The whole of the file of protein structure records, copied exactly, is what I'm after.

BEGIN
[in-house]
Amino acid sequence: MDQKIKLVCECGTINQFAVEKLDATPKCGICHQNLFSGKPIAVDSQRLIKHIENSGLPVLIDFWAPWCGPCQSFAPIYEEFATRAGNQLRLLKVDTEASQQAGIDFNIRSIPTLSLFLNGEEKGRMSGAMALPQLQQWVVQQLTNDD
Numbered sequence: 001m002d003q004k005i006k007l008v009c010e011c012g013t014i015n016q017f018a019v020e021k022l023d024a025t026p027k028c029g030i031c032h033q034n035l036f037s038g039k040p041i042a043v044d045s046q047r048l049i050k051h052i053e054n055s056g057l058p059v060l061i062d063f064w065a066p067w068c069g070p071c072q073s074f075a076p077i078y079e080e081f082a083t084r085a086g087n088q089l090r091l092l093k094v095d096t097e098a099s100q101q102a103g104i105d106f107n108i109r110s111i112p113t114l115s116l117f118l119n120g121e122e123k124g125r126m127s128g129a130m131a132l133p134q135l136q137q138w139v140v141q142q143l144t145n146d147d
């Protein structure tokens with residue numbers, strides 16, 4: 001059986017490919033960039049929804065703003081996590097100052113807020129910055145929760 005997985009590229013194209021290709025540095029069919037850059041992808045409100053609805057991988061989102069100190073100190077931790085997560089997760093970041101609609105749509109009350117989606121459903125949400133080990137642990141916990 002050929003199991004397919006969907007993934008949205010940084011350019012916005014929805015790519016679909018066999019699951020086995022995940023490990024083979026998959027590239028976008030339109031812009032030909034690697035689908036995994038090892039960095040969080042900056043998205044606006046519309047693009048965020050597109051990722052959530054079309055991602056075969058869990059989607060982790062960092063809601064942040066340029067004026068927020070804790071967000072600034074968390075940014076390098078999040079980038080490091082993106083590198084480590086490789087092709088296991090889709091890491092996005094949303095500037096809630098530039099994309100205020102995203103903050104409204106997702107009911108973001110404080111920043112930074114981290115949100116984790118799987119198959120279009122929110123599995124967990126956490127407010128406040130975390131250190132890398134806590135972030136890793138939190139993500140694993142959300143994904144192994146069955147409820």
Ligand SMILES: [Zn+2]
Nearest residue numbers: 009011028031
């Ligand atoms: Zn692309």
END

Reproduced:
[in-house]
Amino acid sequence: MDQKIKLVCECGTINQFAVEKLDATPKCGICHQNLFSGKPIAVDSQRLIKHIENSGLPVLIDFWAPWCGPCQSFAPIYEEFATRAGNQLRLLKVDTEASQQAGIDFNIRSIPTLSLFLNGEEKGRMSGAMALPQLQQWVVQQLTNDD
Numbered sequence: 001m002d003q004k005i006k007l008v009c010e011c012g013t014i015n016q017f018a019v020e021k022l023d024a025t026p027k028c029g030i031c032h033q034n035l036f037s038g039k040p041i042a043v044d045s046q047r048l049i050k051h052i053e054n055s056g057l058p059v060l061i062d063f064w065a066p067w068c069g070p071c072q073s074f075a076p077i078y079e080e081f082a083t084r085a086g087n088q089l090r091l092l093k094v095d096t097e098a099s100q101q102a103g104i105d106f107n108i109r110s111i112p113t114l115s116l117f118l119n120g121e122e123k124g125r126m127s128g129a130m131a132l133p134q135l136q137q138w139v140v141q142q143l144t145n146d147d
């Protein structure tokens with residue numbers, strides 16, 4: 001059986017490919033960039049929804065703003081996590097100052113807020129910055145929760 005997985009590229013194209021290709025540095029069919037850059041992808045409100053609805057991988061989102069100190073100190077931790085997560089997760093970041101609609105749509109009350117989606121459903125949400133080990137642990141916990 002050929003199991004397919006969907007993934008949205010940084011350019012916005014929805015790519016679909018066999019699951020086995022995940023490990024083979026998959027590239028976008030339109031812009032030909034690697035689908036995994038090892039960095040969080042900056043998205044606006046519309047693009048965020050597109051990722052959530054079309055991602056075969058869990059989607060982790062960092063809601064942040066340029067004026068927020070804790071967000072600034074968390075940014076390098078999040079980038080490091082993106083590198084480590086490789087092709088296991090889709091890491092996005094949303095500037096809630098530039099994309100205020102995203103903050104409204106997702107009911108973001110404080111920043112930074114981290115949100116984790118799987119198959120279009122929110123599995124967990126956490127407010128406040130975390131250190132890398134806590135972030136890793138939190139993500140694993142959300143994904144192994146069955147409820």
Ligand SMILES: [Zn+2]
Nearest residue numbers: 009011028031
């Ligand atoms: Zn692309």